· The UN Human Rights Council will once again conduct a Universal Periodic Review (UPR) on the protection of human rights in Poland.
· Poland will be reviewed on November 15.
· The review will take into account the country's national report, a summary of UN information on the country and a summary of recommendations from other stakeholders, including NGOs.
· The recommendations for legislative changes prepared for Poland contradict in many places both Polish domestic law and international agreements binding Poland, including human rights agreements.
· Participants in the review demand that Poland, among other things, "eliminate barriers" to access to abortion, "liberalize" abortion law, "special legal protection" for people with homosexual tendencies, or fully implement the Istanbul Convention.
· Representatives of the Ordo Iuris Institute took part in a meeting at the Ministry of Foreign Affairs on the preparation of a national report.
· The Institute then prepared a letter to the ambassadors of UN countries, along with which it forwarded selected publications by Ordo Iuris experts on the issues that were addressed during the work.
The Universal Periodic Review (UPR), is a monitoring mechanism within the UN Human Rights Council to assess the state of human rights in individual countries. Poland will undergo the review tomorrow. The final content of the document will be based on the content of three submitted reports - the country's national report, a summary of UN information on the country and a summary of information from other stakeholders, including NGOs, will be taken into account. Representatives of the Ordo Iuris Institute in June took part in a meeting organized by the Ministry of Foreign Affairs, during which the content of the country report was discussed. In addition, the Institute prepared a letter to the ambassadors of UN countries, along with which selected publications by Ordo Iuris experts were handed over. They substantively analyzed the issues that were the subject of the initially formulated allegations against Poland.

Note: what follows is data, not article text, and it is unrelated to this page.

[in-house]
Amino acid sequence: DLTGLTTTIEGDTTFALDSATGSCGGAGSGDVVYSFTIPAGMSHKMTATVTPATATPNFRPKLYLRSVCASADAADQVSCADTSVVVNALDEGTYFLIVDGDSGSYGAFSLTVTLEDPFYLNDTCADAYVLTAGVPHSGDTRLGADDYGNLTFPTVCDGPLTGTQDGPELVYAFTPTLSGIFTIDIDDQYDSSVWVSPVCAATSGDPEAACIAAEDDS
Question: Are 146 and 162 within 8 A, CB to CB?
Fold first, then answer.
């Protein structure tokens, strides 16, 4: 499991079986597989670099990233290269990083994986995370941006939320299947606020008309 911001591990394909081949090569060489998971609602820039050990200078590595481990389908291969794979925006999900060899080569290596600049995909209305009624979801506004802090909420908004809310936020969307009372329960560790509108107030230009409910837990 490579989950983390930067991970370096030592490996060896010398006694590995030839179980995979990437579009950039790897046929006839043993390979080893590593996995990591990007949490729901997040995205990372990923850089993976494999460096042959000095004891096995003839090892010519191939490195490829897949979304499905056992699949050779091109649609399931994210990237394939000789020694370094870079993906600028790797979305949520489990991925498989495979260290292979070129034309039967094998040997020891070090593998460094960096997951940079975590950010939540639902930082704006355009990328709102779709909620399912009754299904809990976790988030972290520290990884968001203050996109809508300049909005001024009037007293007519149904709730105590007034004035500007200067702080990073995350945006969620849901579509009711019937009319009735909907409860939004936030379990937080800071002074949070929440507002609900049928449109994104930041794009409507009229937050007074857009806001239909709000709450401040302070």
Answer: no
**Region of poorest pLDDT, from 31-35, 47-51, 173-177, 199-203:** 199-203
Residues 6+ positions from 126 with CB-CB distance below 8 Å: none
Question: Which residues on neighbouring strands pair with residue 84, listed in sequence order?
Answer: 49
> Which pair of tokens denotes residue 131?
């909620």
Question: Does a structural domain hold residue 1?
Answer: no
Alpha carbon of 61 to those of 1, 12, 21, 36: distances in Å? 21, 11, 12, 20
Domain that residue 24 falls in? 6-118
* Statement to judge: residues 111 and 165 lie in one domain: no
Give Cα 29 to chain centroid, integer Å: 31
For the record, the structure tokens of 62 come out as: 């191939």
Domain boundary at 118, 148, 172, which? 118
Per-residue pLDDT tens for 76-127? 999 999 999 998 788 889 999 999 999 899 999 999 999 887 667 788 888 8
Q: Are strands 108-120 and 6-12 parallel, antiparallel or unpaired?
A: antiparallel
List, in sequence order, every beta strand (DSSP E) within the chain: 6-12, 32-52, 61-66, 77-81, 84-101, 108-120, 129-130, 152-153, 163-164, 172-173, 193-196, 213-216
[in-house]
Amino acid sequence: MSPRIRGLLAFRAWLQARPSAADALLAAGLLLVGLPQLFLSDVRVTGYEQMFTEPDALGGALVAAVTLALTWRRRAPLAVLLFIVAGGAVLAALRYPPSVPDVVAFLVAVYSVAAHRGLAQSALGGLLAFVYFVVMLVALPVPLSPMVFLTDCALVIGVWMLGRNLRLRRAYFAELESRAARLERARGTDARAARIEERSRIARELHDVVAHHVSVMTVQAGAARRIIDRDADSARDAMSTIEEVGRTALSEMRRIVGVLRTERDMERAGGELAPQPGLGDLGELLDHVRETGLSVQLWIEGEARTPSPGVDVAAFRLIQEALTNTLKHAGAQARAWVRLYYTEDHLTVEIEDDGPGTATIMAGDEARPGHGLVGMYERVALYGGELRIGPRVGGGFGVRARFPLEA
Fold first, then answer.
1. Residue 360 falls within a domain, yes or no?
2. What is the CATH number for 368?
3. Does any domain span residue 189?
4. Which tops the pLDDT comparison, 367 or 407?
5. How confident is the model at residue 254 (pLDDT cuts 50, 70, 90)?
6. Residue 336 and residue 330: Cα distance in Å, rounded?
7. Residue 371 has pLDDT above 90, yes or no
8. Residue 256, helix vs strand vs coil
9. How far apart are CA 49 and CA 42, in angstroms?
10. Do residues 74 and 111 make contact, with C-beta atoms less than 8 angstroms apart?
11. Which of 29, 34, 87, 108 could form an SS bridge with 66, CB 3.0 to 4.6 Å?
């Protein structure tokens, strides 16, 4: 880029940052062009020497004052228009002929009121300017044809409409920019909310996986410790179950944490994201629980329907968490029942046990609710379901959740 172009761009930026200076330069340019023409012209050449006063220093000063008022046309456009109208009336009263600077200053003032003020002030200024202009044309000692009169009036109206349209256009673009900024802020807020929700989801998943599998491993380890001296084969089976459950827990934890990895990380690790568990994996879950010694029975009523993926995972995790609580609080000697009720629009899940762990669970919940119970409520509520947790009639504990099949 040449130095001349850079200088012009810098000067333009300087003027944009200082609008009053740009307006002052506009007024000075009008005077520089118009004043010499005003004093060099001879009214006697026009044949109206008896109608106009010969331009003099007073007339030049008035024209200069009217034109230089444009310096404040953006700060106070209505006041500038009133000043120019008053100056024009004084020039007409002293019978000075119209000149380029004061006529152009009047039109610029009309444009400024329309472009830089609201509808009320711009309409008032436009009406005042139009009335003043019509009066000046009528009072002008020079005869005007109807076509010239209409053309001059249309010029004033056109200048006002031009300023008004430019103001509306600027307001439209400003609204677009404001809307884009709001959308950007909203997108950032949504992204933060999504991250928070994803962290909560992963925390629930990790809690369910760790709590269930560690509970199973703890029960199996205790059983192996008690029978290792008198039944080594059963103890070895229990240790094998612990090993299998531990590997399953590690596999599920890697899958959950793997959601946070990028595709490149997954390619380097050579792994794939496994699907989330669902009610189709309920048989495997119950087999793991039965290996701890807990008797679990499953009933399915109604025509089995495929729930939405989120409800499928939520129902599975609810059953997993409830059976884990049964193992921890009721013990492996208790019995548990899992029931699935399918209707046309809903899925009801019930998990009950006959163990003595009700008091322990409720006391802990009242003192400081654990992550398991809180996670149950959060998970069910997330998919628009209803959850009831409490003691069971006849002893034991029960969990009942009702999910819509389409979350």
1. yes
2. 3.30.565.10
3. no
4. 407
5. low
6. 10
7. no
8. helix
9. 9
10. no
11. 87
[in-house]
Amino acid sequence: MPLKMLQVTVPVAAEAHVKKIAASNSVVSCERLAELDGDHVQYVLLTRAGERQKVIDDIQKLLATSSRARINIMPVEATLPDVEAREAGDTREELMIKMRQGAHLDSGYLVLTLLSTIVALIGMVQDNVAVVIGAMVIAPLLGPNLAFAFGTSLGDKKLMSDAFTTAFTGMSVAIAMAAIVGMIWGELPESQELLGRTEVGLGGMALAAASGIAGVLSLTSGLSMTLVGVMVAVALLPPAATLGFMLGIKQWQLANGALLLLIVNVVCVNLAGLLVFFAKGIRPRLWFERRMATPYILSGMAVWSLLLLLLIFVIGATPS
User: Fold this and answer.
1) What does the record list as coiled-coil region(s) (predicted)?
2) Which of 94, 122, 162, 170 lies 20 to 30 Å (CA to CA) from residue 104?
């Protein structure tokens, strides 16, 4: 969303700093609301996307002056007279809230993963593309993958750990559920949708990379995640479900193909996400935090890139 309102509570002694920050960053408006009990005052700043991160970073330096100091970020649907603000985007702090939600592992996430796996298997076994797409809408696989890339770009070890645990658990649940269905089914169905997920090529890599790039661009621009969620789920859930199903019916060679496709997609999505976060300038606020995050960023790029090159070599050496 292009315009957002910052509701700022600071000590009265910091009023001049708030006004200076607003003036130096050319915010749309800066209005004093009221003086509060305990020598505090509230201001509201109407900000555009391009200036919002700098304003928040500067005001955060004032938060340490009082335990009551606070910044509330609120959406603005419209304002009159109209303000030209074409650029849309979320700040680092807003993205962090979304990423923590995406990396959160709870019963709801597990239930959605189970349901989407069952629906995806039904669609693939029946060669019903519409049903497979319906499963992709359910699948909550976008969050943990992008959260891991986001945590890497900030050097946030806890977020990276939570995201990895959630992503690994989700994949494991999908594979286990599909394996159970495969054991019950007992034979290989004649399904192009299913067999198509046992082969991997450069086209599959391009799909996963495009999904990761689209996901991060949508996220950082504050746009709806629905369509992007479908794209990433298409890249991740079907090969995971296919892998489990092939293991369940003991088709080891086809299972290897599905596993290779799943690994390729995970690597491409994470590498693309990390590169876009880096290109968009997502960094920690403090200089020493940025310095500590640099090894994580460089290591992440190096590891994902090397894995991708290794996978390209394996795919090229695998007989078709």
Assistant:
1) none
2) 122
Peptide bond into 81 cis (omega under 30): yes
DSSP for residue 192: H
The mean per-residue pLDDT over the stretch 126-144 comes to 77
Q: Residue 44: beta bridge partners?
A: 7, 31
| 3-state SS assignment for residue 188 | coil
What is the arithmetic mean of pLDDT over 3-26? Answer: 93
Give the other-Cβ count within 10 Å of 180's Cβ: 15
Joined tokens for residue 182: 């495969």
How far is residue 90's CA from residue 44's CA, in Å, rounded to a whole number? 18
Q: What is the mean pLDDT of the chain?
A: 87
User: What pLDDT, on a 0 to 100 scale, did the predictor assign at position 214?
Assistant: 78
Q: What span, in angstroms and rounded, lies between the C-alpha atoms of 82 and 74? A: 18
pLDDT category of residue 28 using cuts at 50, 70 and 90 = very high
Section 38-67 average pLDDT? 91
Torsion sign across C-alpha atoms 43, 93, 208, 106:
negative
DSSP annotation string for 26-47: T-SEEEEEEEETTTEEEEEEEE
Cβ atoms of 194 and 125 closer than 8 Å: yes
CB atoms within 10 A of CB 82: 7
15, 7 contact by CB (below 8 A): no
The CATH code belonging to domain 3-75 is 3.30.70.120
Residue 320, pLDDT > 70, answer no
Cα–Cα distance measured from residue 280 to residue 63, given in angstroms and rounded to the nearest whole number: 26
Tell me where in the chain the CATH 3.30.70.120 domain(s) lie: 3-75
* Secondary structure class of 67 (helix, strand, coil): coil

The submitted documents expressed numerous expectations of legislative changes against Poland, including "full implementation" of the Istanbul Convention. Significantly, that document, under the guise of combating violence, introduces demands based on gender ideology into the legal order. Participants also demand the prosecution of hate crimes, especially those motivated by the victim's "sexual orientation" or "gender identity."
An accusation was also made against Poland for "the lack of special legal protection for lesbian, gay, bisexual and transgender people in Polish law." It was also claimed that in Poland, allegedly, "there are no specific rules or standards to ensure equal treatment and safety for lesbian, gay, bisexual and transgender people in schools." Moreover, "there is a lack of legislation explicitly prohibiting homophobic hate speech and hate crimes." In fact, as pointed out in the Ordo Iuris Institute's analysis, the Polish Constitution prohibits discrimination for any reason. The regulations apply to the aforementioned groups just like anyone else, ensuring full implementation of the principles of equality and non-discrimination. The stakeholders also demand "ensuring real access to legal abortion by removing existing barriers and stigmatization of abortion," as well as "adequate monitoring and regulation of the practice of conscientious objection."